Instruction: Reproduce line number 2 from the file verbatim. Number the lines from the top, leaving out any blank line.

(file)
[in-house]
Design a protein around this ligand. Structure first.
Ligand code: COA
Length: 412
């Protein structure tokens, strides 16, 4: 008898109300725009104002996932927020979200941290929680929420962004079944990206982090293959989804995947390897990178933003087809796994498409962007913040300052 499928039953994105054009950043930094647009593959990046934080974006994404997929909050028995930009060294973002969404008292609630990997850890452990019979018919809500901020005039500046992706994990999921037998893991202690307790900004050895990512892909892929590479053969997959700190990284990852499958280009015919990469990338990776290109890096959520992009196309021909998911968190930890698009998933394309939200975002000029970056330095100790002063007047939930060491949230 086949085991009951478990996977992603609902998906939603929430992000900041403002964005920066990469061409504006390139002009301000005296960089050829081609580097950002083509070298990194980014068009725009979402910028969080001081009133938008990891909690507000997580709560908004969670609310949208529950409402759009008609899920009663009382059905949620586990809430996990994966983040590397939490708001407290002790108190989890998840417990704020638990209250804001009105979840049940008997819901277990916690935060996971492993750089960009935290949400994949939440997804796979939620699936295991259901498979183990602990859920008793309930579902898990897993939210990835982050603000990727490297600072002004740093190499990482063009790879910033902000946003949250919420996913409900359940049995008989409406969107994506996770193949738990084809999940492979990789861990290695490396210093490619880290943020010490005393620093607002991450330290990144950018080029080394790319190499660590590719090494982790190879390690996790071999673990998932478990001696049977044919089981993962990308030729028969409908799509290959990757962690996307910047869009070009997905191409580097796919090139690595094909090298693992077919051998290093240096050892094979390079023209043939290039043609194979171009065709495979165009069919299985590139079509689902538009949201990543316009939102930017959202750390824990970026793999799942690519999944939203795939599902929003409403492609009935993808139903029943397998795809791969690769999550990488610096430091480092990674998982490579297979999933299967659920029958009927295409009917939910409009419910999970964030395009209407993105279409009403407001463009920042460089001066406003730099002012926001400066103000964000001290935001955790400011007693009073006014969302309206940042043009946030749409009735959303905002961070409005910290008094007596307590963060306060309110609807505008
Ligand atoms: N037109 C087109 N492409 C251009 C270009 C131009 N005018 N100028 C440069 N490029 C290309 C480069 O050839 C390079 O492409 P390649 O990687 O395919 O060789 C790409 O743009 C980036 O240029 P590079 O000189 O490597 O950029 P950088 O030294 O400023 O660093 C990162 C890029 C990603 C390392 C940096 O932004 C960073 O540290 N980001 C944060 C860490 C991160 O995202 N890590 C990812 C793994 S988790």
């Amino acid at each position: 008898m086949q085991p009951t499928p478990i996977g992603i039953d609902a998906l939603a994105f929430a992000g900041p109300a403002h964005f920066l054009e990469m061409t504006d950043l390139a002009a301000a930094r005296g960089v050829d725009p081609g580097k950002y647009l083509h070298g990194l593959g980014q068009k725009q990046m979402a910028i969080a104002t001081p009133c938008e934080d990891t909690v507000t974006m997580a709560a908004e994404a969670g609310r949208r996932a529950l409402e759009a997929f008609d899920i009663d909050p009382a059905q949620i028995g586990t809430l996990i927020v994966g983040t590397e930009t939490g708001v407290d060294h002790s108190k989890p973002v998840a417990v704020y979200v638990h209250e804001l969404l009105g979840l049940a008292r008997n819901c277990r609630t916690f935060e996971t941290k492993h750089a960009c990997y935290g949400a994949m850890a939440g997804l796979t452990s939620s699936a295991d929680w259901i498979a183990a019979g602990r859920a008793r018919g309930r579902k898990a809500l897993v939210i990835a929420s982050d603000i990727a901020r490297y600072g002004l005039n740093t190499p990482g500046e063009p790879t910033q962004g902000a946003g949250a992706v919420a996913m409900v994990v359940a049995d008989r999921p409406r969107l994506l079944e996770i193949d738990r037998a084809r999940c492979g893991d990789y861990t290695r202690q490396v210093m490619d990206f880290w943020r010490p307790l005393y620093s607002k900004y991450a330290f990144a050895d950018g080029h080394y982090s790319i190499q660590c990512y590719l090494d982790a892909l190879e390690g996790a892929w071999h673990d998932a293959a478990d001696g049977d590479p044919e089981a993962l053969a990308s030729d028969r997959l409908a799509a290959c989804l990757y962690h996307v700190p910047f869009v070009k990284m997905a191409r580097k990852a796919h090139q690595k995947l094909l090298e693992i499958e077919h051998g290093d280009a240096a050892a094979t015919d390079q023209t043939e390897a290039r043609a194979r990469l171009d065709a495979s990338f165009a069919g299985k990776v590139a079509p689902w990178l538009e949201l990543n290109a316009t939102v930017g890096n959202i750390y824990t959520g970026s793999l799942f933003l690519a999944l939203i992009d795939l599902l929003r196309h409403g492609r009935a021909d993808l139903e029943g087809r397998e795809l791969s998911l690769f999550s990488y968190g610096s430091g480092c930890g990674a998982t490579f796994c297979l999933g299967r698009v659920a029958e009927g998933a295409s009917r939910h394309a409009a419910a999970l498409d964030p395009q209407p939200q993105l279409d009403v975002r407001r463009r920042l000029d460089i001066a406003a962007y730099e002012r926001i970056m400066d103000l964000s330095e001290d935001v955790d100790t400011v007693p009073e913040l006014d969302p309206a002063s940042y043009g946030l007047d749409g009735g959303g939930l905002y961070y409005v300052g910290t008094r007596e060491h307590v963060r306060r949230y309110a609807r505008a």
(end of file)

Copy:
Design a protein around this ligand. Structure first.